The top myths stifling the implementation of video conferencing

The top myths stifling the implementation of video conferencing

Video conferencing has been widely touted as one of the easiest ways of allowing a business to expand its global presence, while also improving the level of communication on a global scale.

The need for flexible working has grown significantly over the course of the last few years and is being demanded by an increasing number of employees.

Although video conferencing has all the features needed for providing such a service for workers, many companies are still wary of some perceived disadvantages associated with such technology.

There appear to be many myths being perpetuated by various businesses in relation to video conferencing.

The first of which is that the equipment needed is too expensive, a common  train of thought that has mainly grown out of experiences in the early days of the technology, when expensive and bulky pieces of hardware were essential.

Many smaller businesses still believe this to be true, despite the fact that it is now possible to use standard PCs along with inexpensive video cameras.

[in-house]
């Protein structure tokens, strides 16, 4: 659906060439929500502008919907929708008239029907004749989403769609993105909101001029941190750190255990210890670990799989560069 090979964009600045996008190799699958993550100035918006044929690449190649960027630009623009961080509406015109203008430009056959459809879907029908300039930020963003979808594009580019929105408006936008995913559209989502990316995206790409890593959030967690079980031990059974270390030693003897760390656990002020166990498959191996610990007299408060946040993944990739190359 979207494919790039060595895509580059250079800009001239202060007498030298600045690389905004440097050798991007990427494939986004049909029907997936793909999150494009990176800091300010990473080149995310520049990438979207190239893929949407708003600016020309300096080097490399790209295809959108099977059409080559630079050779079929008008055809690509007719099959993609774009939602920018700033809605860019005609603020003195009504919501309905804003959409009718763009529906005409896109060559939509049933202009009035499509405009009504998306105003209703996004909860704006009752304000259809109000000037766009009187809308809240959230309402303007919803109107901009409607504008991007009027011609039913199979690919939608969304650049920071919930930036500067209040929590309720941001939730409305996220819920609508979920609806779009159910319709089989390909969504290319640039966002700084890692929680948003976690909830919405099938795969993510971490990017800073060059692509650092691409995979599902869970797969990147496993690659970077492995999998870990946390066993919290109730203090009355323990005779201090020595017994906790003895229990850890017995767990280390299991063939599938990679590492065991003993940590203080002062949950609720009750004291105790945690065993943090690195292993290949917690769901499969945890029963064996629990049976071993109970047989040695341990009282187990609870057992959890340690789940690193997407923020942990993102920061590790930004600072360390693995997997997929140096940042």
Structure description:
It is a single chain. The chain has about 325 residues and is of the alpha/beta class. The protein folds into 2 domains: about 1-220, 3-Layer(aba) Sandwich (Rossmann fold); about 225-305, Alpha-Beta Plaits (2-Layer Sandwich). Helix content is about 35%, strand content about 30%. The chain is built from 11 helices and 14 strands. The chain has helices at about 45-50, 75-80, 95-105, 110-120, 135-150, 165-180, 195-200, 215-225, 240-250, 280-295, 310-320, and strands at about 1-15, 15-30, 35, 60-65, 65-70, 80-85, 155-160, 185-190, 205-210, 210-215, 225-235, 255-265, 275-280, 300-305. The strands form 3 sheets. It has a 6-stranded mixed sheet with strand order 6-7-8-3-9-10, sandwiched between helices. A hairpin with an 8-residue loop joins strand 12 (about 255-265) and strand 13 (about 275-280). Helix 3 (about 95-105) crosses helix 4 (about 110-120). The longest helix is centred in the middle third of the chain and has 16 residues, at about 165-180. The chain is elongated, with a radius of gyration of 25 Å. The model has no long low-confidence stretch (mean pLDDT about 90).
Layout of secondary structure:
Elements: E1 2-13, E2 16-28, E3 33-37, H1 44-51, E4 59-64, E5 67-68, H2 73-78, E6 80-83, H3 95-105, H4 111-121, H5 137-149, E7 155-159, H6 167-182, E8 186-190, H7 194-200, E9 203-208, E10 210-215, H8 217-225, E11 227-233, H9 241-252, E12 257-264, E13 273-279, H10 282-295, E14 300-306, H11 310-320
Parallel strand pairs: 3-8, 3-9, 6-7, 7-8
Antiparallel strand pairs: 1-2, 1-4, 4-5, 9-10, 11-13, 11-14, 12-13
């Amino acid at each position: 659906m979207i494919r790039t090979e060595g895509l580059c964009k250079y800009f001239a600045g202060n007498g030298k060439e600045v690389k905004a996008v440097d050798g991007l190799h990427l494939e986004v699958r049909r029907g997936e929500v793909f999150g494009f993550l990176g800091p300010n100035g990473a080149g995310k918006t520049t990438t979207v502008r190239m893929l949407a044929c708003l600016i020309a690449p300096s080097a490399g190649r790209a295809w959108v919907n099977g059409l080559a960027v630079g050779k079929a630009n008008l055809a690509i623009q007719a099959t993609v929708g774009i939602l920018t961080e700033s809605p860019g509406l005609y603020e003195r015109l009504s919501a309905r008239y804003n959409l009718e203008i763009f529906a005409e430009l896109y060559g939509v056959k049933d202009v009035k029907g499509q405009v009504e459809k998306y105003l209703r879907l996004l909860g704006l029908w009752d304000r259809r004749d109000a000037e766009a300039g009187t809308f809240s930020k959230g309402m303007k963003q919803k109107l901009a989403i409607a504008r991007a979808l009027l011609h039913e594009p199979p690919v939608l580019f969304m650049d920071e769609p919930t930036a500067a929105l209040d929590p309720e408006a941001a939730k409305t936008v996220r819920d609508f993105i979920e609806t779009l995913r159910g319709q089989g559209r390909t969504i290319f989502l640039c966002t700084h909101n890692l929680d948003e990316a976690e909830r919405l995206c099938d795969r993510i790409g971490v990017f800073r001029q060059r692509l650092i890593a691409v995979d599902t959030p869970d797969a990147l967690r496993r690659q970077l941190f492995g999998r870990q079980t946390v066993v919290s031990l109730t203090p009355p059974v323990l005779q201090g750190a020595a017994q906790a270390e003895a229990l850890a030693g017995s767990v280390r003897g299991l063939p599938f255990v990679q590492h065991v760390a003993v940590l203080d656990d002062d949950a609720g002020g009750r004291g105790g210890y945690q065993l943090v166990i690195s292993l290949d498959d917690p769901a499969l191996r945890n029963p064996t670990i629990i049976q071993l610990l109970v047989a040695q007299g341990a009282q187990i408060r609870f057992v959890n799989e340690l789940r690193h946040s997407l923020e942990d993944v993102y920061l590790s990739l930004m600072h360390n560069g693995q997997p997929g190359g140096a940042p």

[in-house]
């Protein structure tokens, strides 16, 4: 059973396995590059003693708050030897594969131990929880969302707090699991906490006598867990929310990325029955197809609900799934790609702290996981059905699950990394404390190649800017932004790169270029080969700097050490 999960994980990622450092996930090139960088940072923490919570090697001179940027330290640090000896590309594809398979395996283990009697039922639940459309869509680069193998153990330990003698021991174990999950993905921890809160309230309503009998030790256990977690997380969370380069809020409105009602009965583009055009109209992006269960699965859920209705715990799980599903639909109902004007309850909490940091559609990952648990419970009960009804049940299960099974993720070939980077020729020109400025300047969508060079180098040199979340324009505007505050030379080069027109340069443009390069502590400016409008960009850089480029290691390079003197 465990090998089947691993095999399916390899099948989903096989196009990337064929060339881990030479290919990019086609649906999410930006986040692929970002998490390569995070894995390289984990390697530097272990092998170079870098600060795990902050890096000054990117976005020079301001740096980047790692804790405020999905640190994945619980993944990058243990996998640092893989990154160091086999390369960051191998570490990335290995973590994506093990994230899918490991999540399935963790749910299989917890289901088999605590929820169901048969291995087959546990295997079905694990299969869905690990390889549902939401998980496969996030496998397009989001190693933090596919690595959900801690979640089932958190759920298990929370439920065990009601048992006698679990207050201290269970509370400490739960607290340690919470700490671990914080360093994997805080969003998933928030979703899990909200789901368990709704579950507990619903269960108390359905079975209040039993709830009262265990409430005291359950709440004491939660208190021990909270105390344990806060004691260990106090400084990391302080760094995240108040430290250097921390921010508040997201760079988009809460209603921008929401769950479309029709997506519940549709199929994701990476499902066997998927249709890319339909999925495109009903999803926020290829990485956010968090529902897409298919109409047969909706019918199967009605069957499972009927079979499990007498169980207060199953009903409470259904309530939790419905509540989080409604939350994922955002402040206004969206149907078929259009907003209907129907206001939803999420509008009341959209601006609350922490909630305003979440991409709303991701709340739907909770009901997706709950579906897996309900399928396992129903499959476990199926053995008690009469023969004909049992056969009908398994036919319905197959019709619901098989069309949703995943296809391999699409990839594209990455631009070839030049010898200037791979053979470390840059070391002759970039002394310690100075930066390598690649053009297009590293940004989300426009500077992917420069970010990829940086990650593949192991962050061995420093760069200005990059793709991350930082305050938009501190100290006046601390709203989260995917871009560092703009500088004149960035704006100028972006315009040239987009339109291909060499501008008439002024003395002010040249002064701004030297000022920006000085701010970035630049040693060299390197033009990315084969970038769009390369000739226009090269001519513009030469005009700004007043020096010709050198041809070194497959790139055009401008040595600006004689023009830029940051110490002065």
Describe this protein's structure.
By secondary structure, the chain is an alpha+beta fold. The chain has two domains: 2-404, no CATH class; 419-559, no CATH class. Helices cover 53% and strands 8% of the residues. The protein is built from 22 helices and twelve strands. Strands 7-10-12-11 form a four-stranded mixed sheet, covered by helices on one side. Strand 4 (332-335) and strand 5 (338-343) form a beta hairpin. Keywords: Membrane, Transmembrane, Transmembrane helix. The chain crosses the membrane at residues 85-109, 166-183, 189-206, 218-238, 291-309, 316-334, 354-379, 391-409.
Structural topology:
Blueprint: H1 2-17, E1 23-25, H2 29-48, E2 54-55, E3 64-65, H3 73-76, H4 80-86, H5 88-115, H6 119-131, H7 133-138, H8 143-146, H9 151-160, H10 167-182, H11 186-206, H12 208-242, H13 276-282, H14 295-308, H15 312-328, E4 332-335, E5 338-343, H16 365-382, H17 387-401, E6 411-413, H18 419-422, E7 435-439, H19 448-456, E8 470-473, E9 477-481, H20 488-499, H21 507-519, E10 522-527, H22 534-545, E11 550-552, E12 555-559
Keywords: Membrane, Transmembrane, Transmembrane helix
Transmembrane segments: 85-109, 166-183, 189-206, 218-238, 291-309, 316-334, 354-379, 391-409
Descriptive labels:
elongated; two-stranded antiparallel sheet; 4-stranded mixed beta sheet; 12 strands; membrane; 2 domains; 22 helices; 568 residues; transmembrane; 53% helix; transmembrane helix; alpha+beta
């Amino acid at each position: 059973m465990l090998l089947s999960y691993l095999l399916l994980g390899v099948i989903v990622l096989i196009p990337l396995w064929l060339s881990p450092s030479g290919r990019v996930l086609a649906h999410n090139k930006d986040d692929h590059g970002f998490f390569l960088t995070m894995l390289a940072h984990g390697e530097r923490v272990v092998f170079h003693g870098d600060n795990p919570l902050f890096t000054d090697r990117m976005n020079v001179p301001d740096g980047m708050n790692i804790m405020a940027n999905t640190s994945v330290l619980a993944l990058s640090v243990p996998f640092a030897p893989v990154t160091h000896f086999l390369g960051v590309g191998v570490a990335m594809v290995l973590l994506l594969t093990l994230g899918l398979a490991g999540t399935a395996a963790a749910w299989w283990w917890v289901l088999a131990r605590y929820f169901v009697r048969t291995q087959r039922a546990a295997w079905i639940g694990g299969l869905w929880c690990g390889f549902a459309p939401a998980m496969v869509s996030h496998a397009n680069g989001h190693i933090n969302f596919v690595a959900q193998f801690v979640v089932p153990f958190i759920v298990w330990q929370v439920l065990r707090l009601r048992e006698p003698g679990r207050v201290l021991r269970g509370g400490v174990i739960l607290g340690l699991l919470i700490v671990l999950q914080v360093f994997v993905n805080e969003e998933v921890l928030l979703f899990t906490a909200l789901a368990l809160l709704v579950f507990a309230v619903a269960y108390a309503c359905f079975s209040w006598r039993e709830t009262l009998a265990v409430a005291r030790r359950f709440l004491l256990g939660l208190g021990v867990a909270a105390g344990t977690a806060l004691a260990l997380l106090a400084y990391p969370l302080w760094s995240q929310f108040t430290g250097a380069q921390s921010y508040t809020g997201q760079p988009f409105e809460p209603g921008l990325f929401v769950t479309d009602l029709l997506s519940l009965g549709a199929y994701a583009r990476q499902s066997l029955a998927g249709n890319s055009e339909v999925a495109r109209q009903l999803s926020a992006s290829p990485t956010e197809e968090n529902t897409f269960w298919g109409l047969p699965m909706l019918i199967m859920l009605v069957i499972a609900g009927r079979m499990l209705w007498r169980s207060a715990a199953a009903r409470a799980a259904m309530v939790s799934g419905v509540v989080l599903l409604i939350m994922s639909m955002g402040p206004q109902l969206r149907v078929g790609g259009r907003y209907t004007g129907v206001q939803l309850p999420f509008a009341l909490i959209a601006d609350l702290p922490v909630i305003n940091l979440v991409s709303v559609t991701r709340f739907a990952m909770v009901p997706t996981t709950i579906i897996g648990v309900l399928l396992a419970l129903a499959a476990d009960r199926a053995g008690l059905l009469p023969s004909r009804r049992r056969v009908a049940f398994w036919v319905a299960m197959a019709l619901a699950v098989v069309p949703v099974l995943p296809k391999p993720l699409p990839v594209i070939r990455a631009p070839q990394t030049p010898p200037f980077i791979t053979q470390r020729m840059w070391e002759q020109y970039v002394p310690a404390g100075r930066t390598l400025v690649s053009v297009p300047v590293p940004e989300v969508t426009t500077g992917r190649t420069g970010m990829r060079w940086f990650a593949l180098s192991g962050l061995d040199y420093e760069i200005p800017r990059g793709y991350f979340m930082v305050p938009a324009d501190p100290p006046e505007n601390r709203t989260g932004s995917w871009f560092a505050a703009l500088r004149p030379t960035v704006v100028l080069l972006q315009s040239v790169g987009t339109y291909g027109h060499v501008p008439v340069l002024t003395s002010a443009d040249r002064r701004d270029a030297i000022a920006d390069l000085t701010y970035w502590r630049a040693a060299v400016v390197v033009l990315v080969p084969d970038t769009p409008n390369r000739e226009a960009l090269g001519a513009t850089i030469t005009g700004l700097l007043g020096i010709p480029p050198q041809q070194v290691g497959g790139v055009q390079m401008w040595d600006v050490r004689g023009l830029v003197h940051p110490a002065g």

There's no need for expensive, complicated infrastructure either, as a variety of new options have become available via cloud technology, which eliminates the need for having to shell out for the necessary level of IT support.

Another common concern for businesses is due to the perceived need to download software on machines at various sites around the company.

But that is no longer a problem, as there are an increasing number of browser-based applications that remove the need for downloading particular applications.

Web-based video conferencing also allows employees to communicate from almost any location on the planet, meaning that there is no longer a need to ensure your company has a dedicated meeting room for the purpose of holding video conferencing calls.

Such an approach not only saves a significant amount of money for a small business, but it can also fit in with a bring your own device (BYOD) approach that can enable flexible working, which has been identified as playing a vital role in employee satisfaction and retention.